MILAN (Reuters) - Italy’s antitrust authority cannot clear Intesa Sanpaolo’s (ISP.MI) offer for rival UBI (UBI.MI) for now because of uncertainties over a planned asset sale aimed at solving competition issues, a document showed on Tuesday.
In the document, seen by Reuters and which summarises the watchdog’s preliminary findings on the proposed takeover, the regulator said it had not been able to take into consideration an accord between Intesa and BPER Banca (EMII.MI).
Intesa has agreed to sell 400-500 branches and 20 billion euros ($22.7 billion) in assets to BPER as it seeks to take over UBI to create the euro zone’s seventh-largest banking group.
“The (UBI) transaction can strengthen or create a dominant position for Intesa in numerous markets ... reducing competition ... in a significant and lasting way given the high market share and concentration, with a significant gap versus the second-biggest player in each area,” the document said.
After the COVID-19 pandemic hit Italy, Intesa said it was ready to accept a lower price from BPER to see the deal through.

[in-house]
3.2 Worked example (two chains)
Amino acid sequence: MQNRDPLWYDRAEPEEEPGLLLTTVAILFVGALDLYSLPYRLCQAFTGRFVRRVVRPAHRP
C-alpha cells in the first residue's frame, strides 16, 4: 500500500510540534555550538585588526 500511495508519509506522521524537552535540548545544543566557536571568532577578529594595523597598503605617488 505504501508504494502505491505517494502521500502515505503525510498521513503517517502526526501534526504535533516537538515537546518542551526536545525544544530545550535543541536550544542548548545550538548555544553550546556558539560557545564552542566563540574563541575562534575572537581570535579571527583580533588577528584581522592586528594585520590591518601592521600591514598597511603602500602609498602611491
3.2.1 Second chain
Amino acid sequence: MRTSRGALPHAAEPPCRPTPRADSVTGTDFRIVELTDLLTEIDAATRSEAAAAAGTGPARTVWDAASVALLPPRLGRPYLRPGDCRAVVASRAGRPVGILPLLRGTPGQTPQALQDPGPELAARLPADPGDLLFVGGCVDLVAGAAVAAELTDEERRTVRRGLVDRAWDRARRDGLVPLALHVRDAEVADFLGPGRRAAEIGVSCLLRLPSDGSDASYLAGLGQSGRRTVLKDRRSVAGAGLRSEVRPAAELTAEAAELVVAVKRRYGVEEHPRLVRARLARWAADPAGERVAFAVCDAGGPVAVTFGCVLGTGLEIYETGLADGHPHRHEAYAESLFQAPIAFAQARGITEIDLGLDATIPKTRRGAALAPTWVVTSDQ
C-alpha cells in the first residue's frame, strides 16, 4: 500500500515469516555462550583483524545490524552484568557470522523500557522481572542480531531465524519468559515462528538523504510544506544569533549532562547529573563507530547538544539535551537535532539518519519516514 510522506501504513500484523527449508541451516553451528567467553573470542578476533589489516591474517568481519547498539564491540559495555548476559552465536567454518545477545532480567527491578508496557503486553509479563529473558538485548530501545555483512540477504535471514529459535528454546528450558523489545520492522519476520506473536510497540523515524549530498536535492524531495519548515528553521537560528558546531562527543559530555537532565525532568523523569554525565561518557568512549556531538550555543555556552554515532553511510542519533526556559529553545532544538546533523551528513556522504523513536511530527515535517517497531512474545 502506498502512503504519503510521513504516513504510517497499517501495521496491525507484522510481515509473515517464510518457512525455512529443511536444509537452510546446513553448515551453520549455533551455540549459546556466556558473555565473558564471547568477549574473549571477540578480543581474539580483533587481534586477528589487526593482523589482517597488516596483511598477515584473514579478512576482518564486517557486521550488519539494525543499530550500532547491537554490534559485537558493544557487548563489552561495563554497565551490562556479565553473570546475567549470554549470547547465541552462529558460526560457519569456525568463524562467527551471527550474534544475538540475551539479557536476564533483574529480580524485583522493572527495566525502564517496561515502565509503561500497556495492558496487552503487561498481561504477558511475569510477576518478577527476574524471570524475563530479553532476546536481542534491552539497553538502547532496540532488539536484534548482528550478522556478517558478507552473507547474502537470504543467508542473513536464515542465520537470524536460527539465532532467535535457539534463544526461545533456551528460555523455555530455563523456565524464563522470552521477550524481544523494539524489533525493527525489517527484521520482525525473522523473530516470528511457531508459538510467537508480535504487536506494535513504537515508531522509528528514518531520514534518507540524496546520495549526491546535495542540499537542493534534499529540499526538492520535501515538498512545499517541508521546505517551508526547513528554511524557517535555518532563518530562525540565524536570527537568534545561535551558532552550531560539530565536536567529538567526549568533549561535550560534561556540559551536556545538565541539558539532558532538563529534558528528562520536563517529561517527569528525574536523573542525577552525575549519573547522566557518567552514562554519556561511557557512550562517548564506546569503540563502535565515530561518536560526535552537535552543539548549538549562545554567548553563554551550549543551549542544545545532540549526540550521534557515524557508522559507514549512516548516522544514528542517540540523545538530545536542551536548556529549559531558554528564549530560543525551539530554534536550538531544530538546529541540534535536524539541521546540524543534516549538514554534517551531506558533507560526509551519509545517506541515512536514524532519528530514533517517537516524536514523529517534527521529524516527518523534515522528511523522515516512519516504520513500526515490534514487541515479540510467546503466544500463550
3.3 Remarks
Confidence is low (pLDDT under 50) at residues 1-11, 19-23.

Intesa and UBI both declined to comment.
The regulator said in a note that a final decision on the deal would be taken only after discussions with the interested parties.
A hearing is scheduled on June 18, the document showed.
The regulator said it was not clear exactly which branches BPER would be buying and there were areas not affected by the sale which posed antitrust problems.
It also said there is a risk that Intesa could fail to bring home the BPER deal if it ended up controlling only 50% of UBI’s capital plus one share.
Intesa’s bid has met resistance from UBI and some of its shareholders, prompting Italy’s biggest retail lender to say it would be satisfied with a take-up of 50% plus one share, after initially targeting a 66.7% acceptance.
The ECB on Friday authorised Intesa’s acquisition of the smaller stake.
News of the document was first reported by Il Messaggero daily on Tuesday.
Additional reporting and writing by Valentina Za; Editing by Kirsten Donovan and David Goodman